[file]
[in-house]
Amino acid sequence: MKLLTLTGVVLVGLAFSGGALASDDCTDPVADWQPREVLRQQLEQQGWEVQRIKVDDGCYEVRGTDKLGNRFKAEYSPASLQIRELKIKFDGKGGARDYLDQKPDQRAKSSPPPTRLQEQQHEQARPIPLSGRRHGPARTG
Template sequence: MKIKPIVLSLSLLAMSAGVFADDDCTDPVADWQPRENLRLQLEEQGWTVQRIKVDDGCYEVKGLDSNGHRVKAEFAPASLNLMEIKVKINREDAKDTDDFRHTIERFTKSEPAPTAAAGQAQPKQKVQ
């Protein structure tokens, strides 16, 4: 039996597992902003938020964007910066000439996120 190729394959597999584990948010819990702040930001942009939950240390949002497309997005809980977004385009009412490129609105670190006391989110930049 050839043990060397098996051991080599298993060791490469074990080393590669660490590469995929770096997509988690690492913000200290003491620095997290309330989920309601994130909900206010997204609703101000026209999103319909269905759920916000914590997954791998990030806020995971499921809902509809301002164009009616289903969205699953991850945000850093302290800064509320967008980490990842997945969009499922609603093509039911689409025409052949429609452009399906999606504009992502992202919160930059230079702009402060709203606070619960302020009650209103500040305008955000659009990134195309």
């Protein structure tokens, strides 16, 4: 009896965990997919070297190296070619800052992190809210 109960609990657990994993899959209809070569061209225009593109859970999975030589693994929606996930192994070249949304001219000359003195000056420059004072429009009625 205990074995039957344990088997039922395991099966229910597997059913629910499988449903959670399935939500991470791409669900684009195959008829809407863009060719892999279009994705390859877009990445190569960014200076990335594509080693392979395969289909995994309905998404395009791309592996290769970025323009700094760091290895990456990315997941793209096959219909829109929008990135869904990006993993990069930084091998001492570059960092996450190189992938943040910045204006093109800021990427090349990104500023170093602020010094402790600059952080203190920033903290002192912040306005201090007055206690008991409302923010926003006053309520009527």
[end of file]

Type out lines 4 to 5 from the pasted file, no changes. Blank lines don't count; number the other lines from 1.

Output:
């Protein structure tokens, strides 16, 4: 039996597992902003938020964007910066000439996120 190729394959597999584990948010819990702040930001942009939950240390949002497309997005809980977004385009009412490129609105670190006391989110930049 050839043990060397098996051991080599298993060791490469074990080393590669660490590469995929770096997509988690690492913000200290003491620095997290309330989920309601994130909900206010997204609703101000026209999103319909269905759920916000914590997954791998990030806020995971499921809902509809301002164009009616289903969205699953991850945000850093302290800064509320967008980490990842997945969009499922609603093509039911689409025409052949429609452009399906999606504009992502992202919160930059230079702009402060709203606070619960302020009650209103500040305008955000659009990134195309």
């Protein structure tokens, strides 16, 4: 009896965990997919070297190296070619800052992190809210 109960609990657990994993899959209809070569061209225009593109859970999975030589693994929606996930192994070249949304001219000359003195000056420059004072429009009625 205990074995039957344990088997039922395991099966229910597997059913629910499988449903959670399935939500991470791409669900684009195959008829809407863009060719892999279009994705390859877009990445190569960014200076990335594509080693392979395969289909995994309905998404395009791309592996290769970025323009700094760091290895990456990315997941793209096959219909829109929008990135869904990006993993990069930084091998001492570059960092996450190189992938943040910045204006093109800021990427090349990104500023170093602020010094402790600059952080203190920033903290002192912040306005201090007055206690008991409302923010926003006053309520009527």